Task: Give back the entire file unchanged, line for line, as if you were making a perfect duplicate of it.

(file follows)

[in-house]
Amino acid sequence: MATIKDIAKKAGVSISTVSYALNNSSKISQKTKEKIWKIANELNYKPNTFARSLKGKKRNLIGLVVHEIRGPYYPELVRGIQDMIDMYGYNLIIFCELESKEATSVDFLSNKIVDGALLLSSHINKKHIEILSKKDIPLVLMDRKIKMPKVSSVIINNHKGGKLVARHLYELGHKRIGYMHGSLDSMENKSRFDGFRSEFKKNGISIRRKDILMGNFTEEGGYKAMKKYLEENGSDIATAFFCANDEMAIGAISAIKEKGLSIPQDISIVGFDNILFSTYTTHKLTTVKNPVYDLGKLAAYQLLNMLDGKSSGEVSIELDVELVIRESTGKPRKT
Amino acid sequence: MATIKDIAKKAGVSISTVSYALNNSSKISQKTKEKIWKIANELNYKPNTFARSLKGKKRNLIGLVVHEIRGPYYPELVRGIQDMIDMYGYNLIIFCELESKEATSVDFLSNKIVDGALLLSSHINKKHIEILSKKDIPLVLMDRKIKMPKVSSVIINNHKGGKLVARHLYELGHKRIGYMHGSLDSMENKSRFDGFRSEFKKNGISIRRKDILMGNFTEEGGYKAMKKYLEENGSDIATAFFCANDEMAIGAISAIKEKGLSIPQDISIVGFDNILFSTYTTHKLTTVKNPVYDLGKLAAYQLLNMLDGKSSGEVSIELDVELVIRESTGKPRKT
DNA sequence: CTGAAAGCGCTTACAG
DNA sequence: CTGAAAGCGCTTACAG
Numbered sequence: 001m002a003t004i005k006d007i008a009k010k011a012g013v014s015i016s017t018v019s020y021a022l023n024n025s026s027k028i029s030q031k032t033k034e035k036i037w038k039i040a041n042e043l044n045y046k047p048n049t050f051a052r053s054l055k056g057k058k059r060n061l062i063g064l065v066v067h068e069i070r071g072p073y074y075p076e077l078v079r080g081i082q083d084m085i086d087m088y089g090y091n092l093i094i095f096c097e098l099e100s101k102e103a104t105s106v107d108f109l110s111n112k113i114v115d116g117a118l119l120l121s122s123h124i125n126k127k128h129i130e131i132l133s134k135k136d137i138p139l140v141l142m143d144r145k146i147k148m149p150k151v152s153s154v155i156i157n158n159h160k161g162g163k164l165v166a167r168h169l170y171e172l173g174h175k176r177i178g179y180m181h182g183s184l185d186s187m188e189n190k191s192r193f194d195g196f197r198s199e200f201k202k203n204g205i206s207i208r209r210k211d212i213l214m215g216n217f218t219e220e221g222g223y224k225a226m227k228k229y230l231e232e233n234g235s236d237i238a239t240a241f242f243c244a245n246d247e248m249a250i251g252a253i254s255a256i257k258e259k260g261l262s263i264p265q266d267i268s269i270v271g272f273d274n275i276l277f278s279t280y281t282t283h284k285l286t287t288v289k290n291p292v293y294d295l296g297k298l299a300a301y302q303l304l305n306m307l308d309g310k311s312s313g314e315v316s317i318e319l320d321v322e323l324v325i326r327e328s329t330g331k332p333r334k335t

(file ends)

[in-house]
Amino acid sequence: MATIKDIAKKAGVSISTVSYALNNSSKISQKTKEKIWKIANELNYKPNTFARSLKGKKRNLIGLVVHEIRGPYYPELVRGIQDMIDMYGYNLIIFCELESKEATSVDFLSNKIVDGALLLSSHINKKHIEILSKKDIPLVLMDRKIKMPKVSSVIINNHKGGKLVARHLYELGHKRIGYMHGSLDSMENKSRFDGFRSEFKKNGISIRRKDILMGNFTEEGGYKAMKKYLEENGSDIATAFFCANDEMAIGAISAIKEKGLSIPQDISIVGFDNILFSTYTTHKLTTVKNPVYDLGKLAAYQLLNMLDGKSSGEVSIELDVELVIRESTGKPRKT
Amino acid sequence: MATIKDIAKKAGVSISTVSYALNNSSKISQKTKEKIWKIANELNYKPNTFARSLKGKKRNLIGLVVHEIRGPYYPELVRGIQDMIDMYGYNLIIFCELESKEATSVDFLSNKIVDGALLLSSHINKKHIEILSKKDIPLVLMDRKIKMPKVSSVIINNHKGGKLVARHLYELGHKRIGYMHGSLDSMENKSRFDGFRSEFKKNGISIRRKDILMGNFTEEGGYKAMKKYLEENGSDIATAFFCANDEMAIGAISAIKEKGLSIPQDISIVGFDNILFSTYTTHKLTTVKNPVYDLGKLAAYQLLNMLDGKSSGEVSIELDVELVIRESTGKPRKT
DNA sequence: CTGAAAGCGCTTACAG
DNA sequence: CTGAAAGCGCTTACAG
Numbered sequence: 001m002a003t004i005k006d007i008a009k010k011a012g013v014s015i016s017t018v019s020y021a022l023n024n025s026s027k028i029s030q031k032t033k034e035k036i037w038k039i040a041n042e043l044n045y046k047p048n049t050f051a052r053s054l055k056g057k058k059r060n061l062i063g064l065v066v067h068e069i070r071g072p073y074y075p076e077l078v079r080g081i082q083d084m085i086d087m088y089g090y091n092l093i094i095f096c097e098l099e100s101k102e103a104t105s106v107d108f109l110s111n112k113i114v115d116g117a118l119l120l121s122s123h124i125n126k127k128h129i130e131i132l133s134k135k136d137i138p139l140v141l142m143d144r145k146i147k148m149p150k151v152s153s154v155i156i157n158n159h160k161g162g163k164l165v166a167r168h169l170y171e172l173g174h175k176r177i178g179y180m181h182g183s184l185d186s187m188e189n190k191s192r193f194d195g196f197r198s199e200f201k202k203n204g205i206s207i208r209r210k211d212i213l214m215g216n217f218t219e220e221g222g223y224k225a226m227k228k229y230l231e232e233n234g235s236d237i238a239t240a241f242f243c244a245n246d247e248m249a250i251g252a253i254s255a256i257k258e259k260g261l262s263i264p265q266d267i268s269i270v271g272f273d274n275i276l277f278s279t280y281t282t283h284k285l286t287t288v289k290n291p292v293y294d295l296g297k298l299a300a301y302q303l304l305n306m307l308d309g310k311s312s313g314e315v316s317i318e319l320d321v322e323l324v325i326r327e328s329t330g331k332p333r334k335t